Monday, June 23, 2008

Report from ... Discover Australia "A World of Difference" – June 11, 2008

I have to admit that some of these events I go into knowing full well that none of the wines I recommend will be available at your local liquor store (especially not the LCBO – maybe in other parts of the world but not here). That’s because the winery is agentless and even if they find representation at this show it’ll be awhile before you’ll see their wines on our shelves, or through consignment or private order. That also means that the 2005 Shiraz I recommend today will turn into the 2007 Shiraz when it’s finally available here in Ontario. I know, it’s incredibly frustrating – trust me, I feel your pain – I’m the one trying them and even if I wanna get them, I can’t … you’re just reading about how good it is – I actually know. Knowledge might be power, but power sucks when you can’t do anything with it. So until we get another system to bring booze into our province we’re stuck with the short end of the distribution stick.

Today 15 unrepresented wineries from Down Under invaded the Royal York’s Imperial Room in the hopes of scoring themselves an agent, and the opportunity to sell wines in Ontario. I know for a fact that a couple were successful now it’s up t the LCBO to say “yes”. Below is a list of my favourites with a few of their wines that turned me favourably in their direction – let’s hope they were able to turn an agent’s head in the process, so that you too can experience some of these stellar wines.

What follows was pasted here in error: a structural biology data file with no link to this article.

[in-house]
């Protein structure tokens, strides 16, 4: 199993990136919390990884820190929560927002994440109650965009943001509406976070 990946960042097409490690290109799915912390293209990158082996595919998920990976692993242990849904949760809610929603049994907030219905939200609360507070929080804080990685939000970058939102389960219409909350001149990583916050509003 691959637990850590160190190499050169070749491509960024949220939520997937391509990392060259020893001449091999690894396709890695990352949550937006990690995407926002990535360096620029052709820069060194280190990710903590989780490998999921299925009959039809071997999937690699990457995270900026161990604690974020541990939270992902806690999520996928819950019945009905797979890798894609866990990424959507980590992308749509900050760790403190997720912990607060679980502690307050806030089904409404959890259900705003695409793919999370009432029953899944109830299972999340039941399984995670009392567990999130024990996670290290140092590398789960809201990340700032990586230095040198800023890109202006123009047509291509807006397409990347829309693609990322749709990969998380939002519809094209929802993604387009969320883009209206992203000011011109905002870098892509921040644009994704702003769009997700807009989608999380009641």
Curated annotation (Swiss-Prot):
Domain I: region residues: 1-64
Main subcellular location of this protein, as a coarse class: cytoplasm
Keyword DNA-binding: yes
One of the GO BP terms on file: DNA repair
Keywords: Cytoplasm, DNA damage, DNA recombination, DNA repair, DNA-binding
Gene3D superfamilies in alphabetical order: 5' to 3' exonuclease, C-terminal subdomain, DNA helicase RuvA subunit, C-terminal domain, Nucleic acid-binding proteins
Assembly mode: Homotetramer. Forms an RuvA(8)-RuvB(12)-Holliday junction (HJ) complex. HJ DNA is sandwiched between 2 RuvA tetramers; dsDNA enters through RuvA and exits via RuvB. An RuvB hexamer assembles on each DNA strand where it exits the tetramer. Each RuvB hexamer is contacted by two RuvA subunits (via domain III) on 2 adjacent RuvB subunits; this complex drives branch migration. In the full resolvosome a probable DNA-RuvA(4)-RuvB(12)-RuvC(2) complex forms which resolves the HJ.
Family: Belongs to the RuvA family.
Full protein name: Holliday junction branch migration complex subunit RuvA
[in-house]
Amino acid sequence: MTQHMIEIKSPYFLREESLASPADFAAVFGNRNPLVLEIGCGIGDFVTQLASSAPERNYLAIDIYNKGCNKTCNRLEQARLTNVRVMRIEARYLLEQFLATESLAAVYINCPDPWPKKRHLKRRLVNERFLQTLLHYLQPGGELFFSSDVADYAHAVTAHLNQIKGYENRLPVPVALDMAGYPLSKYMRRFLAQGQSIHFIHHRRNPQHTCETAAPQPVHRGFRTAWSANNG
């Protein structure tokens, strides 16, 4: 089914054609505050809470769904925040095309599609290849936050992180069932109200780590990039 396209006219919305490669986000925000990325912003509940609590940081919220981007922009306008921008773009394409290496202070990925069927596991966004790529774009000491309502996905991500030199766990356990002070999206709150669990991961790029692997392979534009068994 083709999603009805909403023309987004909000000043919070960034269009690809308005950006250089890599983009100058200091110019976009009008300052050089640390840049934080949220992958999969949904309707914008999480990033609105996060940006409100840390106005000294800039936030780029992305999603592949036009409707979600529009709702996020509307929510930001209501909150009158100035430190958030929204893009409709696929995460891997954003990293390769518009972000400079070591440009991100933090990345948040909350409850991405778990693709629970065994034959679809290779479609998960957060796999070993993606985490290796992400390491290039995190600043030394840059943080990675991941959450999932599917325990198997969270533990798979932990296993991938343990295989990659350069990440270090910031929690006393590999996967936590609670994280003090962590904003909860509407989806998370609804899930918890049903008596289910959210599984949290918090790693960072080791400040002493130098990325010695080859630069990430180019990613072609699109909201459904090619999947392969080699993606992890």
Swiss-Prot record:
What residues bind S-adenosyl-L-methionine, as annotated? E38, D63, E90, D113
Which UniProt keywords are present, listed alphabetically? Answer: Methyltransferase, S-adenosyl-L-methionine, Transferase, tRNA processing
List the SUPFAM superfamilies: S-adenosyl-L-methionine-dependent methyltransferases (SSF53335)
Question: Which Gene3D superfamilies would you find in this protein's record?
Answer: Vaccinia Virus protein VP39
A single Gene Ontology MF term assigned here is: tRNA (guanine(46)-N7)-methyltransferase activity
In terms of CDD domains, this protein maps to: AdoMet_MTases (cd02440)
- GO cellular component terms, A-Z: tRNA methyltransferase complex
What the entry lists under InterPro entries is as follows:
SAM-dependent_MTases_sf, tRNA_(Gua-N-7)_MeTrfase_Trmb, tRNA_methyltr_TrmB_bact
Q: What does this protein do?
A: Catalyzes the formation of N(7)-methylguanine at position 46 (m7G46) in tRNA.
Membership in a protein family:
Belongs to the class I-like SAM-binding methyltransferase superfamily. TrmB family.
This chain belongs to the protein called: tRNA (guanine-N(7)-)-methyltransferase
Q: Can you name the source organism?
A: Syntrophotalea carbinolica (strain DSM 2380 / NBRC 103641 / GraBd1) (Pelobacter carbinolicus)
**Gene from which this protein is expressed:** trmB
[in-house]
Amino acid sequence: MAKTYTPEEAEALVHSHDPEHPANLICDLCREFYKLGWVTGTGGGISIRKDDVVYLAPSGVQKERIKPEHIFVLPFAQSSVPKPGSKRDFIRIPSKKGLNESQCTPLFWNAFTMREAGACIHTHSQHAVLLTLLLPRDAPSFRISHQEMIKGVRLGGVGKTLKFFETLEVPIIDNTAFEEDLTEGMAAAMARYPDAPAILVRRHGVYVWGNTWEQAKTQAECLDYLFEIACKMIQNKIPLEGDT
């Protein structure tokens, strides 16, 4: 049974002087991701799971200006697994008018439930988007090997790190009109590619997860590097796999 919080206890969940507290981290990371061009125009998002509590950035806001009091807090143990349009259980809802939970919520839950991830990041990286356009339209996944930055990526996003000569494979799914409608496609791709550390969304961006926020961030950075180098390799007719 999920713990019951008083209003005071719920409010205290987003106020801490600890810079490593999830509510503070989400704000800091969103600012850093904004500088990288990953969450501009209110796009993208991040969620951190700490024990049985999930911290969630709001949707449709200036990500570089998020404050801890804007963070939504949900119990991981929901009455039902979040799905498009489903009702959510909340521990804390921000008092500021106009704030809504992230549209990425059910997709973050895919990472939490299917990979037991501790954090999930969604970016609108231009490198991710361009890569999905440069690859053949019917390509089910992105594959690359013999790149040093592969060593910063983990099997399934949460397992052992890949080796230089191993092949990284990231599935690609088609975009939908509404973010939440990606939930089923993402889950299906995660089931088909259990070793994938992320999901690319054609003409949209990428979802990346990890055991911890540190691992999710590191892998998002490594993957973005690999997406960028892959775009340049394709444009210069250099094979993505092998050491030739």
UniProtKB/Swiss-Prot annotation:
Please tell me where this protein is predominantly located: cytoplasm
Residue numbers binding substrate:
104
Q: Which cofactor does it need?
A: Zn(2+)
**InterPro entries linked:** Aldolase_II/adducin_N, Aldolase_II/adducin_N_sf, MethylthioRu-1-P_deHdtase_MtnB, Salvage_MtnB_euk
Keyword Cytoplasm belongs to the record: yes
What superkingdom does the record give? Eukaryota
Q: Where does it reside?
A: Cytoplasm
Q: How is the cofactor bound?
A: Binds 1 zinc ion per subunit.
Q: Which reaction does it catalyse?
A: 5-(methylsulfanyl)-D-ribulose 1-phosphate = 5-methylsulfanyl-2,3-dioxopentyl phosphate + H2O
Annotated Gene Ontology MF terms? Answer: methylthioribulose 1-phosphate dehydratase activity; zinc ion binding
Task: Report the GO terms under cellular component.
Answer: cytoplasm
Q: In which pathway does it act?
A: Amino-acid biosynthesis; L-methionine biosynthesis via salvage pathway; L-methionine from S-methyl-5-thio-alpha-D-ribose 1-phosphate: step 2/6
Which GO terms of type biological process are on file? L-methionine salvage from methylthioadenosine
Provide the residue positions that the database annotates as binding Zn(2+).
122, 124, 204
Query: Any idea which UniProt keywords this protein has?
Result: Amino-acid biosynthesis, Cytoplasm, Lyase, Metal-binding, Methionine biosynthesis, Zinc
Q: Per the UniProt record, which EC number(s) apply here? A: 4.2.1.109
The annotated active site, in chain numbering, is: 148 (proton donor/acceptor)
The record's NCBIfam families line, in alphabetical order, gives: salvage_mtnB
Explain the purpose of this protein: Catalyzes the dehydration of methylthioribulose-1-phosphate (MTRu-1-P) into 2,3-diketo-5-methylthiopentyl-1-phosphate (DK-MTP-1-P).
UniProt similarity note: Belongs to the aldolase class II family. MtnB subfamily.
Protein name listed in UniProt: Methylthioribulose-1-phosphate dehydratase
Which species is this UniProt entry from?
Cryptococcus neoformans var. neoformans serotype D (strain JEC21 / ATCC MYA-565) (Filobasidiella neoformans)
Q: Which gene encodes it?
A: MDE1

Beelgara (New South Wales) – good value wines up and down the line from The Vines Shiraz/Cabernet/Merlot to the Winemakers Black Shiraz and the Regional Cabernet Sauvignon.

Linfield Road Wines (South Australia) – they poured both their 2004 and 2005 wines; my favourites were from the 2005 line-up: The Stubborn Patriarch Shiraz, Black Hammer Cabernet Sauvignon and Slab Hut Merlot/Shiraz/Cabernet … all very good single vineyard wines.

Chateau Mildura (Victoria) – they have a European-style label on these new world wines. Real winners included the Psyche Reserve Shiraz and the Psyche Smuggler Petit Verdot.

Galli Estate (Victoria) – they have a Heathcote Shiraz Viognier that proved quite lovely and their Heathcote Block Two Shiraz was also very appealing. They also have a Sunbury line of wines, but I found the Heathcote wines more my speed especially for what I’m looking for in an Aussie wine. The Sunbury is more of a maritime climate while Heathcote is all heat – these really are two very distinct wines from the same winery, even if the grapes read the same on the label. I am told you should look for wines from Galli in the spring of 2009.

Gentle Annie (Victoria) – if there is any justice in the world Annie has found herself an Ontario mate. What can you say about a winery that both barrel ages and bottle ages their wines. The current vintage is the 2003 and both the straight Cabernet Sauvignon and 60/40 Shiraz/Cabernet blend are truly outstanding … these ones would be worth picking-up if only they were here. Here’s hoping that happens soon.

Giant Steps / Innocent Bystander (Victoria) – a tasty pink Moscato proved enticing to the palate, as well as a wild ferment Sexton Vineyard Chardonnay.

Vin 888 (Victoria) – showed off some of the best sweet stuff at the show, and a few dry babies too. A Verdelho, an Autumn Harvest Muscat Blanc, Autumn Harvest Riesling, and a Big Fella Cabernet-Merlot. Of all the dessert wines, the 10-year-old Tokay proved dessert-worthy all on its own, while the Muscat Blanc would have paired well with lighter desserts.

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